Over the past decade researchers have been exploring how children who live in abusive homes are impacted. Children get their sense of self and define themselves & how they interact with others largely from their parents and their home environment. Whether they communicate awareness or memory of abuse, they internalize it. When their parent is humiliated, the child is humiliated, when a parent is hurt, they are hurt. And when they are pulled between two parents they may be confused and feel that they are betraying one or the other. The impact of children in abusive homes can present in a wide variety of different ways or not at all.

Some risks to Children in Abusive Homes include: (From

  • Children in homes where domestic violence occurs may "indirectly" receive injuries. They may be hurt when household items are thrown or weapons are used. Infants may be injured if being held by the mother when the batterer strikes out.
  • Older children may be hurt while trying to protect their mother.
  • Children in homes where domestic violence occurs may experience cognitive or language problems, developmental delay, stress-related physical ailments (such as headaches, ulcers, and rashes), and hearing and speech problems.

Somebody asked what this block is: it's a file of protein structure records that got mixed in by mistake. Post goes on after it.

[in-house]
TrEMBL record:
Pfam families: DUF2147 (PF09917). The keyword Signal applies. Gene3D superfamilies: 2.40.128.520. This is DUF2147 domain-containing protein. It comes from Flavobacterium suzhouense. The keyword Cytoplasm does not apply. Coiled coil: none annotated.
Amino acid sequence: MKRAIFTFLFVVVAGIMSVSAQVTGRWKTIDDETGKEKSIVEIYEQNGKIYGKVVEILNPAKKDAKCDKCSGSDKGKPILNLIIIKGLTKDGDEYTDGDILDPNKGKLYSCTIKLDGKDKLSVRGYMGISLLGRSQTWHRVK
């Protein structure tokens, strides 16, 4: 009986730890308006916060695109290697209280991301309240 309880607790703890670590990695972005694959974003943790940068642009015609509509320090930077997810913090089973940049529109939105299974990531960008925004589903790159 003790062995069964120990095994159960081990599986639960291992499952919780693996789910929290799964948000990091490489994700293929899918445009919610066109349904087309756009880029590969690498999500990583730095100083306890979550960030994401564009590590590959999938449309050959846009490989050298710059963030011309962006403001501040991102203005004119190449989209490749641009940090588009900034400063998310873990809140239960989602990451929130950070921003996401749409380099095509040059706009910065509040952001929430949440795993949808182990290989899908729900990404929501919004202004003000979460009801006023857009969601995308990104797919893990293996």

• Many children in homes where domestic violence occurs have difficulties in school, including problems with concentration, poor academic performance, difficulty with peer interactions, and more absences from school.
  • Boys who witness domestic violence are more likely to batter their female partners as adults than boys raised in nonviolent homes. There is no evidence, however, that girls who witness their mothers' abuse have a higher risk of being battered as adults.
  • Taking responsibility for the abuse.
  • Constant anxiety (that another beating will occur) and stress-related disorders that may mimic ADHD.
  • Guilt for not being able to stop the abuse or for loving the abuser.
  • Fear of abandonment.
  • Social isolation and difficulty interacting with peers and adults.
  • Low self-esteem.
  • Younger children do not understand the meaning of the abuse they observe and tend to believe that they "must have done something wrong." Self-blame can precipitate feelings of guilt, worry, and anxiety.